India has called for nations involved in maritime disputes to exercise self-restraint and not do anything which could affect peace and stability in the Indian Ocean region.
China has continued to build artificial islands in South China Sea to validate its claim over 90 per cent of the sea waters and is currently testing a new dredging vessel.
INS Khanderi, the second of the six Scorpene-class submarines, sailed out from the Mumbai harbour in January this year
In a message unlikely to go unnoticed in Beijing, India has called for nations involved in maritime disputes to exercise self-restraint and not do anything which could affect peace and stability in the Indian Ocean region.
China has continued to build artificial islands in South China Sea (SCS) to validate its claim over 90 per cent of the sea waters and is currently testing a new dredging vessel, described by the media in south-east Asia as a magic island-maker.
Speaking at the inaugural session of second IORA Meeting of Experts for Maritime Safety & Security, foreign secretary S Jaishankar said India encouraged resolution of territorial and maritime disputes through peaceful means in accordance with universally recognised principles.
“We have always stood for exercising self-restraint in the conduct of activities that could complicate or escalate disputes affecting peace and stability,” said Jaishankar, adding that India’s own record in this regard was well known.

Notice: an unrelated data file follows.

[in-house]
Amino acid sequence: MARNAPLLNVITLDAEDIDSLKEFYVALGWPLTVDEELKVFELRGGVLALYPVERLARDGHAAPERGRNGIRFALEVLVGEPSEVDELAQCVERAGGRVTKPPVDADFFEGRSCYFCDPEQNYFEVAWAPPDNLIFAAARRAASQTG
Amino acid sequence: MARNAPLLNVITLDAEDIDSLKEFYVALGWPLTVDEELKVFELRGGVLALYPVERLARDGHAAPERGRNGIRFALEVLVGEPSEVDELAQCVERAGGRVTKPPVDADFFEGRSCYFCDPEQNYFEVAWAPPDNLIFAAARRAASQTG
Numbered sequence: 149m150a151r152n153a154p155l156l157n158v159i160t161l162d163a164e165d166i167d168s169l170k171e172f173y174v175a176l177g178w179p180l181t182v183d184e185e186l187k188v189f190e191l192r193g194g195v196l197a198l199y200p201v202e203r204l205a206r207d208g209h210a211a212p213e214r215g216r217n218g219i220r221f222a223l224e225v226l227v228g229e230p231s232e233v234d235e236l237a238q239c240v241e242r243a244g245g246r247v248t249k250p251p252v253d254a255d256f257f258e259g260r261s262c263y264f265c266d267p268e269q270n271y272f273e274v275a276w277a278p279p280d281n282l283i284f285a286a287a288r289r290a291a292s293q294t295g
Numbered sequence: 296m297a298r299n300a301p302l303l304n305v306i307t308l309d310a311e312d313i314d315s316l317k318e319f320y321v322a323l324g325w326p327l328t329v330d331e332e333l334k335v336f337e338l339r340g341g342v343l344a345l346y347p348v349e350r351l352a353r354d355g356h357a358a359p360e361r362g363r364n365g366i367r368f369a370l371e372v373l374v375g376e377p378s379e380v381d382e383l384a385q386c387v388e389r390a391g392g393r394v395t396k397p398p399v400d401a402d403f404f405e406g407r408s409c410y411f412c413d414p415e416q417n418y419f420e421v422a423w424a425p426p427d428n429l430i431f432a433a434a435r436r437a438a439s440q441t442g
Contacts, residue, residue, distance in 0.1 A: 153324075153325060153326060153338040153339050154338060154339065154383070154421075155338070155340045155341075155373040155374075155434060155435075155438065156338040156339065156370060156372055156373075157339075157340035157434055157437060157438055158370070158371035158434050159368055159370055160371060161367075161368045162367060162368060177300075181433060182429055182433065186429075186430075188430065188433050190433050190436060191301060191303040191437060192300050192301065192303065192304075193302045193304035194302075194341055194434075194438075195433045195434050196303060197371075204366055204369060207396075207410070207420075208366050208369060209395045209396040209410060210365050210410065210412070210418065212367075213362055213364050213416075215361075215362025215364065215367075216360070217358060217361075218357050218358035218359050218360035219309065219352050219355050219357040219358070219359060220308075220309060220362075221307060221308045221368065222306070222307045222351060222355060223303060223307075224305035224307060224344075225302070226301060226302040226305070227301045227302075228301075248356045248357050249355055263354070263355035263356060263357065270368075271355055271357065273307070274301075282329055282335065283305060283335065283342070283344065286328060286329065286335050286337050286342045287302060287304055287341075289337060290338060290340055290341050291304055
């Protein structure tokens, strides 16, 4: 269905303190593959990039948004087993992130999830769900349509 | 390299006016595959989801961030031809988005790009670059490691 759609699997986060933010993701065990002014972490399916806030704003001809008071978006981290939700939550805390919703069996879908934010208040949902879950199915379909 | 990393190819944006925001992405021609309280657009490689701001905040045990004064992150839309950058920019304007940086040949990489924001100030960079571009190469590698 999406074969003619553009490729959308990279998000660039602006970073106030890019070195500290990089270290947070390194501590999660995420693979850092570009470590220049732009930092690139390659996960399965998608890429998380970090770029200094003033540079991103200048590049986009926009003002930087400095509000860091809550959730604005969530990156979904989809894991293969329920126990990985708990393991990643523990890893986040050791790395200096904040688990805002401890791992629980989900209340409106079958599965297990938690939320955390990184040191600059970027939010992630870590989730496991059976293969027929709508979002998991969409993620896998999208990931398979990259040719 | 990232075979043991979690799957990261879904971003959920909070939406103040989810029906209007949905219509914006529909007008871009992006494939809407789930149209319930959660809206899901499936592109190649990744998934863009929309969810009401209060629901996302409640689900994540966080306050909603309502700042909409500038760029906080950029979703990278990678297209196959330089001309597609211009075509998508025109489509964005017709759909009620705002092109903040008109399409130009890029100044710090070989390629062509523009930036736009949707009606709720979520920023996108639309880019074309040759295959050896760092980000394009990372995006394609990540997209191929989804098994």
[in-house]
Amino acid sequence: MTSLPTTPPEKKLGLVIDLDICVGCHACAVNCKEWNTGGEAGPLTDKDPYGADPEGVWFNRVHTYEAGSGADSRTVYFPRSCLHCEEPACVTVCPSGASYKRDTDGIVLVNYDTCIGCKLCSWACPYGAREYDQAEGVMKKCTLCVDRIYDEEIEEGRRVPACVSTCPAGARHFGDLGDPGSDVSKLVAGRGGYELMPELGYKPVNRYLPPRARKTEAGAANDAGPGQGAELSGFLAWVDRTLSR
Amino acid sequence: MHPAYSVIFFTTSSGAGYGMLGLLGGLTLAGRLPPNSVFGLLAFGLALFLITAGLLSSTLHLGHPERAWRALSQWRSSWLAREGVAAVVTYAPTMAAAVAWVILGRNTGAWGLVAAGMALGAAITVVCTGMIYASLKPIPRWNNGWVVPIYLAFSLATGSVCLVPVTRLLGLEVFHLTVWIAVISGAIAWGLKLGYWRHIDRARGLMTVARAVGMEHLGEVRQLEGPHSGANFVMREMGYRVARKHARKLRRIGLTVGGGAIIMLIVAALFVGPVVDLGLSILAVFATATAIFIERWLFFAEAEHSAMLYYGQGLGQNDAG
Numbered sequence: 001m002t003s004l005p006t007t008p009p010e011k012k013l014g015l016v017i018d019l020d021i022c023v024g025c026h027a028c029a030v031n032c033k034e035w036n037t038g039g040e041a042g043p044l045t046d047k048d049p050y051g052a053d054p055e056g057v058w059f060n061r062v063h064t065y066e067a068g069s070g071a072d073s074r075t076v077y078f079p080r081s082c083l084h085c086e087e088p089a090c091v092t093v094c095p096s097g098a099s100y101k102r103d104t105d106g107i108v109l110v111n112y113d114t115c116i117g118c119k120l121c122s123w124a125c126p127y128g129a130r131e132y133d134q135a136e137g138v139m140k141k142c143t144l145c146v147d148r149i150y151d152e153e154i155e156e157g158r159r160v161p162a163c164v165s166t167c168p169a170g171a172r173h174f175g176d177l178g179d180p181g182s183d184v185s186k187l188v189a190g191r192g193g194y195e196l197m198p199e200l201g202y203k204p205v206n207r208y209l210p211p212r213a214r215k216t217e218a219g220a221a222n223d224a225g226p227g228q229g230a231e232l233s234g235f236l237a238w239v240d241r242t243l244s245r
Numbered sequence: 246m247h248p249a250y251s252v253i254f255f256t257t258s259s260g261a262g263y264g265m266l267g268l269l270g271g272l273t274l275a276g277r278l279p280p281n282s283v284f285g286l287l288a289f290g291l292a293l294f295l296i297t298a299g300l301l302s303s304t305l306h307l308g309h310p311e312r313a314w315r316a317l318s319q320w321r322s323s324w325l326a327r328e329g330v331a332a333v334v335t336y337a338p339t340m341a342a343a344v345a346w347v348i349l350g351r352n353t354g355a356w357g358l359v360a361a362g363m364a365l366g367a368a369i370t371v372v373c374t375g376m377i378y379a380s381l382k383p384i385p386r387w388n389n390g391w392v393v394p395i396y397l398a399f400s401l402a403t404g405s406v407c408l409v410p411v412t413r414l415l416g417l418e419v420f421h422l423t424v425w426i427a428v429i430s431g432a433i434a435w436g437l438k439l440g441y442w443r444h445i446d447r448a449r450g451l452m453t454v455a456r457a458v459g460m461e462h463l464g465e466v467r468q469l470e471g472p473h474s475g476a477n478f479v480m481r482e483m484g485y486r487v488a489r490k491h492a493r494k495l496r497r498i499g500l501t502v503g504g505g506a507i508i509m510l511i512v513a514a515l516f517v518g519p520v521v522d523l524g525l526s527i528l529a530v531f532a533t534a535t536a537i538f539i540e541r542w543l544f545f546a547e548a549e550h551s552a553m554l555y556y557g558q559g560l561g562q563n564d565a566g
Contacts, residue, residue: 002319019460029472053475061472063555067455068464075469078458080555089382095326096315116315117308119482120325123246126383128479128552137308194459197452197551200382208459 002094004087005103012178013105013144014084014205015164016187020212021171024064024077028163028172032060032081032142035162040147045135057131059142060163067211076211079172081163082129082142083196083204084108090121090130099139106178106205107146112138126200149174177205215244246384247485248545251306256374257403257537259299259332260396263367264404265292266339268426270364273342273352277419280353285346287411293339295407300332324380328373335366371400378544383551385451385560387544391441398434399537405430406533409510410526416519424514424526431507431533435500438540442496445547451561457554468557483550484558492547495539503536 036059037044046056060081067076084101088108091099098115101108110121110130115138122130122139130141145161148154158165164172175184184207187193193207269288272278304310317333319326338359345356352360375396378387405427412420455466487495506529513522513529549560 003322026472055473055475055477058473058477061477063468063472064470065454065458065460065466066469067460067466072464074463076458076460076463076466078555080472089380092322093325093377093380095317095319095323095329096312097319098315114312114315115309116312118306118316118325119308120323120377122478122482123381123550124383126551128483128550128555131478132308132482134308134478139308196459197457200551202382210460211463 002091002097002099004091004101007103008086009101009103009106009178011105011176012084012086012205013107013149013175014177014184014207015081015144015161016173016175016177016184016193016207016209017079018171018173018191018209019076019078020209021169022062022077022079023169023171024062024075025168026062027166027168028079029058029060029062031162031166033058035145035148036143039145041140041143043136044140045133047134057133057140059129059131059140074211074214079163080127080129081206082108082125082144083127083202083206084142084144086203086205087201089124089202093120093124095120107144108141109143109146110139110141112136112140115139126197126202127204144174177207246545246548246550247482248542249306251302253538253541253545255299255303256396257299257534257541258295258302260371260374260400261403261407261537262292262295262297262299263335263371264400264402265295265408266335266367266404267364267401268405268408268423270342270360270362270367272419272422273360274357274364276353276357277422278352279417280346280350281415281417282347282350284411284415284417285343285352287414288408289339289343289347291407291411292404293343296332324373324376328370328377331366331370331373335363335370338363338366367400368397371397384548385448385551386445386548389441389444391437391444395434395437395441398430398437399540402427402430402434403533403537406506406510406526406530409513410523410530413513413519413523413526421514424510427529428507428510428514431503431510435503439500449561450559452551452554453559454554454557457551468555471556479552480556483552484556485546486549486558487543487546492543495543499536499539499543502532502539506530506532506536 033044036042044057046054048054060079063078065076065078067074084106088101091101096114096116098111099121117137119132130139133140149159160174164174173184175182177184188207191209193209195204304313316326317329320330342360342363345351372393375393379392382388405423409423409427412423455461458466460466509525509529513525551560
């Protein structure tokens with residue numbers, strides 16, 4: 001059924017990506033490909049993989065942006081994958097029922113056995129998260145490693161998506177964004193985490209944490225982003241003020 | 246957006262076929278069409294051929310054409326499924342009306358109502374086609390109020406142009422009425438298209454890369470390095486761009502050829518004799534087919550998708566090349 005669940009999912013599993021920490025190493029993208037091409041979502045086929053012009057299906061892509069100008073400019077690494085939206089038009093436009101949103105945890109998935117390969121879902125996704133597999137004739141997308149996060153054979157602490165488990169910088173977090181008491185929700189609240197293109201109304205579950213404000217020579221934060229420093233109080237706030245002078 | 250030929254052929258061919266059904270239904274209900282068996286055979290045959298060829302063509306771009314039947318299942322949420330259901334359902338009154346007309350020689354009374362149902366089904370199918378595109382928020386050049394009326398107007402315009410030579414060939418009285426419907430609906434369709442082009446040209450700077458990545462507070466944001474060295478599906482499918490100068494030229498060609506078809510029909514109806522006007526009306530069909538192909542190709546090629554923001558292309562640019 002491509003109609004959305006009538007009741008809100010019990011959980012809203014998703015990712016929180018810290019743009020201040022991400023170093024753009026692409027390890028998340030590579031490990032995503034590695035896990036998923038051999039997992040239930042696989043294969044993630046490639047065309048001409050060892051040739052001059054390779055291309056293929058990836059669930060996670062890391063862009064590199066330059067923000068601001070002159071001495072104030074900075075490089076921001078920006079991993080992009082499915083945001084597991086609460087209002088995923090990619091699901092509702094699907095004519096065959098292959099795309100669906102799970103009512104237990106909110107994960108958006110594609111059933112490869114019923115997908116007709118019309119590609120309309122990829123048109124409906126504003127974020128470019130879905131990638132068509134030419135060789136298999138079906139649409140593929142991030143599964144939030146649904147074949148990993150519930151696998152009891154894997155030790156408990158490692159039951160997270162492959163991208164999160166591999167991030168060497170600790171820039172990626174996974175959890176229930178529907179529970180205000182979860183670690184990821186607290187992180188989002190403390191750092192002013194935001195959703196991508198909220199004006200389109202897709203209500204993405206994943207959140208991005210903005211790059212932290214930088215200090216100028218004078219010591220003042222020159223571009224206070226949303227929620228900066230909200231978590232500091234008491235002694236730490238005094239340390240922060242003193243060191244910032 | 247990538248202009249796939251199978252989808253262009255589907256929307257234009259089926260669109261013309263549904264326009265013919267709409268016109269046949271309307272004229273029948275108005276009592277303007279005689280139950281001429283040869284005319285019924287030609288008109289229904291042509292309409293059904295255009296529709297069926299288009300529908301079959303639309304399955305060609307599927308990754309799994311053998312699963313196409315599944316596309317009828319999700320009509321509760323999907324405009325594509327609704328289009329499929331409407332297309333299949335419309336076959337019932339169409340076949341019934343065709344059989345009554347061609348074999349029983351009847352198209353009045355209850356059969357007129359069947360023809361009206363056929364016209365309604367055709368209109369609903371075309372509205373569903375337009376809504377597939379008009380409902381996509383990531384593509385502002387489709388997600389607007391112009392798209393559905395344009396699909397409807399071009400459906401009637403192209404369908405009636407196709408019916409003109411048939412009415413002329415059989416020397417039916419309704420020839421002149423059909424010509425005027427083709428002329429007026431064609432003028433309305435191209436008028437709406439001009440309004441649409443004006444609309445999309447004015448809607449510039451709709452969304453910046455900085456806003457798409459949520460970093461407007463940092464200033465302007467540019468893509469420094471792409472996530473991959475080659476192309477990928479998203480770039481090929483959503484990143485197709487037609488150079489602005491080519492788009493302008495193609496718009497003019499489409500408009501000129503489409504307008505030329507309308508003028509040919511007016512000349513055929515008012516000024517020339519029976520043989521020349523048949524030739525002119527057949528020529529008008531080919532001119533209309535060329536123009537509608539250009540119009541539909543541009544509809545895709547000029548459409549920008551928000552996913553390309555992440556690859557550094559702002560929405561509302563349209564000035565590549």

Recognising this growing importance of maritime trade in an increasingly globalised world, Jaishankar reiterated India’s position that it supports freedom of navigation and over-flight, and unimpeded commerce, based on the principles of international law, particularly UNCLOS (United Nations Convention on the Law of the Sea) “that serves as a constitution for the oceans”.
According to the foreign secretary, PM Narendra Modi’s strategic vision for the region had four key elements. First, to safeguard India’s mainland and islands, defend its interests, ensure a safe secure and stable Indian Ocean, and make available our capabilities to others. Second, to deepen economic and security cooperation with India’s maritime neighbours and strengthen their capacities.
Third, envisage collective action and cooperation to advance peace and security and respond to emergencies and, fourth, to seek a more integrated and cooperative future for the region that enhances sustainable development.